Citizen of the Year and special recognition announced

Ken Kellar
Local Journalism Initiative Reporter

Two special announcements were made at Monday night’s town council meeting to recognize individuals who have made a difference in Fort Frances.

As part of the town’s regular Committee of the Whole meeting, Mayor June Caul announced the winner of the 2020 award, along with a special recognition for another deserving volunteer in the community.

“This is one of the exciting parts of the job that I get to do, is to actually finally announce the Citizen of the Year,” Caul began.

“It gives me great pleasure this evening to announce that our citizen of the year for 2020 is Gabby Hanzuk. This year the Citizen of the Year committee decided to give a second recognition as well. There was a young man who still goes to high school this year and is very involved in the community at a young age, and we felt that he needed to be recognized as well. This young fellow’s name is Ray Calder.”

Hanzuk was nominated by Dale Gill, and Caul read a portion of the nomination letter that was submitted to the committee for consideration that highlighted just some of the efforts Hanzuk has given her time to in the past.

“Without Gabby’s 30 years of service to Special Olympics, Fort Frances probably wouldn’t have a contingent of athletes,” Caul read from the nomination letter.

“Our athletes think the world of her, and she is always their go-to person. As a valued leader of the Voyageur Lions Club, Gabby is always there for meetings and fundraisers. She has been president, treasurer and secretary of our club. Gabby has also been awarded the Melvin Jones award from Lions Club International for her dedicated humanitarian services, as well as a Medal of Hope from the Lions Foundation of Manitoba and northwestern Ontario for her work in the community that gives hope to the lives of the less fortunate.”

In addition to her work with Special Olympics and the Voyageurs Lions Club, Hanzuk was also recognized for her time on the board at the Volunteer Bureau and participating in the tax clinics there, as well as her efforts volunteering at the Family Centre. Hanzuk is also the co-ordinator of the Meals on Wheels program, and though that is a paid position, Gill’s letter noted she performs her job well above what is required of her.

“She makes sure that our seniors who can’t cook for themselves get a healthy meal every night, even if she has to deliver them by herself,” Caul relayed to council.

“Not to mention every one of them get a Christmas goodie bag from her every Christmas. Along the Christmas line, Gabby has volunteered for the Community Christmas dinner for many years.”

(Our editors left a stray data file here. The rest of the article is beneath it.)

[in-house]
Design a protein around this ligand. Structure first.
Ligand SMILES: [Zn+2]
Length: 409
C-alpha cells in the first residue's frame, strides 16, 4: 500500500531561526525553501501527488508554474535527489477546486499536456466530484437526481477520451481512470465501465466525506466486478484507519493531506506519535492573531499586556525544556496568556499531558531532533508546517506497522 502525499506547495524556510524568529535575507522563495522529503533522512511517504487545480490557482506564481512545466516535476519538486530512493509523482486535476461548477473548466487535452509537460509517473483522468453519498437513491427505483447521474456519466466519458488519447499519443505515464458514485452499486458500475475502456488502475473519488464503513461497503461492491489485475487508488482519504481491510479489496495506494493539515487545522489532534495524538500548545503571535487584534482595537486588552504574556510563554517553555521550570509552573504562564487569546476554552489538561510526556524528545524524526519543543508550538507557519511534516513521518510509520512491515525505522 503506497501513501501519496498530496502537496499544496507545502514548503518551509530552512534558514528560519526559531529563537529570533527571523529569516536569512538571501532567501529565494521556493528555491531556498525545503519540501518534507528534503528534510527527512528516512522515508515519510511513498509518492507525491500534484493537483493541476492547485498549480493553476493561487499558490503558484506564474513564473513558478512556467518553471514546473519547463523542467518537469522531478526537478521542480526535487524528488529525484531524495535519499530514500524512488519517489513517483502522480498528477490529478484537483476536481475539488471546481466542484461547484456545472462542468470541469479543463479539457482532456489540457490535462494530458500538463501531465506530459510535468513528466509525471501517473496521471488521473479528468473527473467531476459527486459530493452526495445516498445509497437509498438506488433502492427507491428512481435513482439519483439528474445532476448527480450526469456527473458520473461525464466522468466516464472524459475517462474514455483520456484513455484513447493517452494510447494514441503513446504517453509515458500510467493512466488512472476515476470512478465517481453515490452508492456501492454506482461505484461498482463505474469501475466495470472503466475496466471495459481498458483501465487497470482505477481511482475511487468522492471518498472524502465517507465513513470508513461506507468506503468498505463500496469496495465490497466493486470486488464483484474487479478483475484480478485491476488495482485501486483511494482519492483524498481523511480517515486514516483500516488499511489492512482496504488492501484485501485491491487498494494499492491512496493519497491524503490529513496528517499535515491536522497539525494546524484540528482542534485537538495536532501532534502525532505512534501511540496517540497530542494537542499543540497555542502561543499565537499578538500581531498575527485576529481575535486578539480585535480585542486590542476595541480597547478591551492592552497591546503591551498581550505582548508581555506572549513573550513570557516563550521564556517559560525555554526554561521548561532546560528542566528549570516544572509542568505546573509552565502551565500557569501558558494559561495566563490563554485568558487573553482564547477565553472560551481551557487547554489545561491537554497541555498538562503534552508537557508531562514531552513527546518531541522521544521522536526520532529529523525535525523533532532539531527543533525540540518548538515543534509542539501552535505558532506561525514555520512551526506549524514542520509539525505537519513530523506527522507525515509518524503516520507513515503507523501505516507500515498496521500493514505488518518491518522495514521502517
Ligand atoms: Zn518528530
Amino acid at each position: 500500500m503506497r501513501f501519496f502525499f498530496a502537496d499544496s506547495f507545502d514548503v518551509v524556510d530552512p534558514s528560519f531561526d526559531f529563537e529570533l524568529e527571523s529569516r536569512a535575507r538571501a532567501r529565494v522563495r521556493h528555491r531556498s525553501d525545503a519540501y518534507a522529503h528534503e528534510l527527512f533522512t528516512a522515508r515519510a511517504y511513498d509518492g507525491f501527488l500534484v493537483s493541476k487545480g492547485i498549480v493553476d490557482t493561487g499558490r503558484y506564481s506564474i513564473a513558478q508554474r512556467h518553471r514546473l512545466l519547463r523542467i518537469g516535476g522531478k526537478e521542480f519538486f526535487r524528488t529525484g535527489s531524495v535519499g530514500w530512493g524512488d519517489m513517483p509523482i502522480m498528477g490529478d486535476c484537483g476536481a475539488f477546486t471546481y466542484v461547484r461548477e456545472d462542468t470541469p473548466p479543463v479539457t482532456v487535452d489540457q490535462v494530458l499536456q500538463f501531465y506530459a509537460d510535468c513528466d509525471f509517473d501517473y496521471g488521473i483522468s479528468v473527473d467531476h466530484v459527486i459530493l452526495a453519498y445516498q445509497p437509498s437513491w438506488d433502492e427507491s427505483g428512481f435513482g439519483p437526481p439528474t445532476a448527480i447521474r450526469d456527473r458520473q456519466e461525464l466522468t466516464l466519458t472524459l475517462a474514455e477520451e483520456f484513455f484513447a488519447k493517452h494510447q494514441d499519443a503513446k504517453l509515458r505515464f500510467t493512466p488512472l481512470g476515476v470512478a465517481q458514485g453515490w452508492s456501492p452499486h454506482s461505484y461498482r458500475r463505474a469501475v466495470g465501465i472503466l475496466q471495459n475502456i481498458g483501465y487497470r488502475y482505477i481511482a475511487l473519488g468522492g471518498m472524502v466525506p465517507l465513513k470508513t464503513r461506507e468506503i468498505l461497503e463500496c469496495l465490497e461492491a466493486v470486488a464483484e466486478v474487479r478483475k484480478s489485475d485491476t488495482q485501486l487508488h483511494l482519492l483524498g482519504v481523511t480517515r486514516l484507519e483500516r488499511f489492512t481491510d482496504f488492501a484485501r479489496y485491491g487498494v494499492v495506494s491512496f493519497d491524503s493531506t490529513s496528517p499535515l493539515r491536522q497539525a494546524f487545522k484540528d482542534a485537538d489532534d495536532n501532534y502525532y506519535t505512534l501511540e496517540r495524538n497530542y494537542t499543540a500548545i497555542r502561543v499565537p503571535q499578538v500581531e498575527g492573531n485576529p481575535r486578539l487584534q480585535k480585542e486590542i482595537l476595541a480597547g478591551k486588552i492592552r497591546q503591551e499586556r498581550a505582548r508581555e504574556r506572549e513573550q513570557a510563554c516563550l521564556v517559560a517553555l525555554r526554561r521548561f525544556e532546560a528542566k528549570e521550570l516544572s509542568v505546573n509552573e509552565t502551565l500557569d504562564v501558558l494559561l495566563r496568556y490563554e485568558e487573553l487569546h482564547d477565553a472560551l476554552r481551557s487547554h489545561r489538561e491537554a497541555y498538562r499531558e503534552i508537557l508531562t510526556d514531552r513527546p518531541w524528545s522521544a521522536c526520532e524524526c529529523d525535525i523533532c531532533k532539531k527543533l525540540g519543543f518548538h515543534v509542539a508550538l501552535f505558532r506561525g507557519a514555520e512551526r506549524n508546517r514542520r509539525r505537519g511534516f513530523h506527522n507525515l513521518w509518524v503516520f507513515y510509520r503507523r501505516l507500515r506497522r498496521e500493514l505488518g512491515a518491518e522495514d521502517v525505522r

Caul then took a moment to speak from her own experiences of working alongside Hanzuk, agreeing that she has been a vital part of the Community Christmas Dinners for years.

“I know that she is one of the members of her church choir, and that takes added work as well, and that’s all volunteer work,” Caul said.

“She also sings on the Choraliers choir at Christmas time every year so, on top of all the things Dale mentioned about Gabby, those are a few extra ones that I know she’s also involved with. So Gabby, it gives me great, great pleasure to name you the Citizen of the Year for Fort Frances 2020.”

Calder’s nomination was submitted by a group consisting of Kim McKinnon, Cathy Gagne, Julia McManaman and Erika Handberg, whose letter to the Citizen of the Year committee highlighted the work he did in the early days of the pandemic.

“Due to COVID, Canadians were asked to isolate in our homes to protect ourselves and others in our community,” Caul read from the nomination letter.

“Only one person per household was allowed in stores to shop for groceries. There were long lineups outside of stores and people were encouraged to wear a mask. Everyone was on edge about how COVID would affect our lives. Ray Calder saw an opportunity to support members of his community. On March 13, 2020, he realized there was going to be community members that due to age, illness or fear, would not be able to get their own groceries. He took initiative to reach out to potential volunteers and organized a Facebook group.”

Calder was 16 at the time he created the Rainy River District COVIDelivery Facebook group that served to connect those who were in need of groceries but unable to go to the store themselves, with a volunteer who would pick up their food and drop it off, in one of the earlier examples of contactless delivery in the area. The group would eventually expand to more than 25 active volunteers and complete more than 100 orders in the district.

“While working his job as lifeguard at the arena, Ray facilitated the Facebook group to help his local community,” the letter read.

“Just a high school student, Ray balanced all the phone calls, messages and organized all the volunteers. Ray helped many community members during a fearful time.”

Caul noted that she had a personal connection to Calder that stretched back to before her time as mayor.

“When I was still teaching, Ray was in my junior kindergarten class,” she said.

“I knew then what a wonderful young man he is and that he will do great things in his life. He is polite, he is kind, he is generous, and he’s just an all around wonderful young man. So congratulations to Ray.”

Both Hanzuk and Calder will be officially recognized and presented with a plaque and certificate respectively at a later date.

“Once again, congratulations to Gabby and to Ray, our two recipients for this year,” Caul said.

“Thank you again to both for all that you do for our community.”